• Initial Claims for Unemployment Insurance (U.S. Department of Labor)
  • Percentage of Firms With Positions Not Able to Fill Right Now (© National Federation of Independent Business Research Foundation)
  • Number of Employees Hired by the Temporary-Help Industry (U.S. Bureau of Labor Statistics)
  • Ratio of Involuntarily Part-time to All Part-time Workers (BLS)
  • Job Openings (BLS)*
  • Industrial Production (Federal Reserve Board)*
  • Real Manufacturing and Trade Sales (U.S. Bureau of Economic Analysis)**


*Statistical imputation for the recent month
**Statistical imputation for two most recent months

The Conference Board publishes the Employment Trends Index monthly, at 10 a.m. ET, on the Monday that follows each Friday release of the Bureau of Labor Statistics Employment Situation report. The technical notes to this series are available on The Conference Board website:

NOTE: This month's release incorporates annual revisions of standardization factors to the Employment Trends Index, which bring it up-to-date with revisions in the source data. These revisions do not change the cyclical properties of the index. The standardization factors, known as volatility adjustment factors, are done by calculating the standard deviation of the monthly percent change in each component. The updated period used for calculating the standardization factors is November 1973 to December 2021. The standardization factors are then used to construct the index from November 1973 to present. As a result, the revised index, in levels and month-on-month changes, will not be directly comparable to those issued prior to this annual revision. For more information, please visit our website at


About The Conference Board

The Conference Board is the member-driven think tank that delivers trusted insights for what’s ahead. Founded in 1916, we are a non-partisan, not-for-profit entity holding 501 (c) (3) tax-exempt status in the United States.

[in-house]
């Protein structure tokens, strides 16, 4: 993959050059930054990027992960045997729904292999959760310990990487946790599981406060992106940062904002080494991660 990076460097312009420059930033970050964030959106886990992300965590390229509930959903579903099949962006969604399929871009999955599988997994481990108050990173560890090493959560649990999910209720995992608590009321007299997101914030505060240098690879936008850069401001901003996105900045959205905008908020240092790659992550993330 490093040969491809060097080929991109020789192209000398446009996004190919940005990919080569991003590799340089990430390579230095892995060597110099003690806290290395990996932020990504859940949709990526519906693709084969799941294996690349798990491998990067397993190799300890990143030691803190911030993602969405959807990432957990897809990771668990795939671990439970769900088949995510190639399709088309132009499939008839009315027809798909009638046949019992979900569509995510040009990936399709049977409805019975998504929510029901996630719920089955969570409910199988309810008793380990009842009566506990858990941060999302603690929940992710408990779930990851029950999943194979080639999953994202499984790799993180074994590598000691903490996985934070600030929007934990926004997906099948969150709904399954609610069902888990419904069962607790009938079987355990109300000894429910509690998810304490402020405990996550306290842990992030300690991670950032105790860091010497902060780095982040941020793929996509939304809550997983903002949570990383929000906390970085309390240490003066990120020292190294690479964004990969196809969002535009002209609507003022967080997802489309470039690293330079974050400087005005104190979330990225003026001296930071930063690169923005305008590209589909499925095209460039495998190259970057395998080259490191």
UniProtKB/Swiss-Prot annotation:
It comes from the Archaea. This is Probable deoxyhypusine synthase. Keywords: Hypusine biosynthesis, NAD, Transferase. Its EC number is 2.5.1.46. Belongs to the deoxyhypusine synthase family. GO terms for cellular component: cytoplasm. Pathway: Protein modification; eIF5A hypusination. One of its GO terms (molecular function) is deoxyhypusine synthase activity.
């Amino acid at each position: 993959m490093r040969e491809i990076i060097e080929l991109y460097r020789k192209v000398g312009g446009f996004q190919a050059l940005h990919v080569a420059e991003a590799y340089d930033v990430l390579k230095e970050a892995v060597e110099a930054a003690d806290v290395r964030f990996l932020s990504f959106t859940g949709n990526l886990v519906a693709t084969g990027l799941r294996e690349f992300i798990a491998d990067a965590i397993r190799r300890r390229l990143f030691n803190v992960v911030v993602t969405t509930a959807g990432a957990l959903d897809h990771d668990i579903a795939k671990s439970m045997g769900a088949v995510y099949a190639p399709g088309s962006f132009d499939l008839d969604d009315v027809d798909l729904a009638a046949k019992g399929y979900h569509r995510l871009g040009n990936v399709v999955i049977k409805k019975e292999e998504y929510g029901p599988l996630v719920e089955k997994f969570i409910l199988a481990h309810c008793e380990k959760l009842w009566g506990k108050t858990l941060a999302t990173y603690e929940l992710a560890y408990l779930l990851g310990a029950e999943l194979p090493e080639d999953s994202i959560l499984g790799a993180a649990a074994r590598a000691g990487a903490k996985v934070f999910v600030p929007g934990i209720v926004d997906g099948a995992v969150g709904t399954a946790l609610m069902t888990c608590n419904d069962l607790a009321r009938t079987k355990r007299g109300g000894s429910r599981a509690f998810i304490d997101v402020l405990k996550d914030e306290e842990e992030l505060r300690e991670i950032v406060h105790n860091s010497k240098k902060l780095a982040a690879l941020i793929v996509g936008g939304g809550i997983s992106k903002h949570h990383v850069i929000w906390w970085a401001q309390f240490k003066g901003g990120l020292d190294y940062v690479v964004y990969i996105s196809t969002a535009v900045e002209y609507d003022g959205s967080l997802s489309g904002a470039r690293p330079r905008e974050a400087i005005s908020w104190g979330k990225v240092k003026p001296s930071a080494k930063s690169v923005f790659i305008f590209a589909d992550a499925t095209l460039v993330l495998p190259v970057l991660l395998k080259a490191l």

Employment Trends Index (ETI)™ 2023 Publication Schedule

Index Release Date (10 AM ET)

Data for the Month

Monday, January 9 2023

December 2022

Monday, February 6

January 2023

Monday, March 13


Monday, April 10


Monday, May 8


Monday, June 5


Monday, July 10


Monday, August 7


Tuesday, September 5*


Monday, October 9


Monday, November 6


Monday, December 11


* Tuesday release due to holiday


© The Conference Board 2023. All data contained in this table are protected by United States and international copyright laws. The data displayed are provided for informational purposes only and may only be accessed, reviewed, and/or used in accordance with, and the permission of, The Conference Board consistent with a subscriber or license agreement and the Terms of Use displayed on our website at The data and analysis contained herein may not be used, redistributed, published, or posted by any means without express written permission from The Conference Board.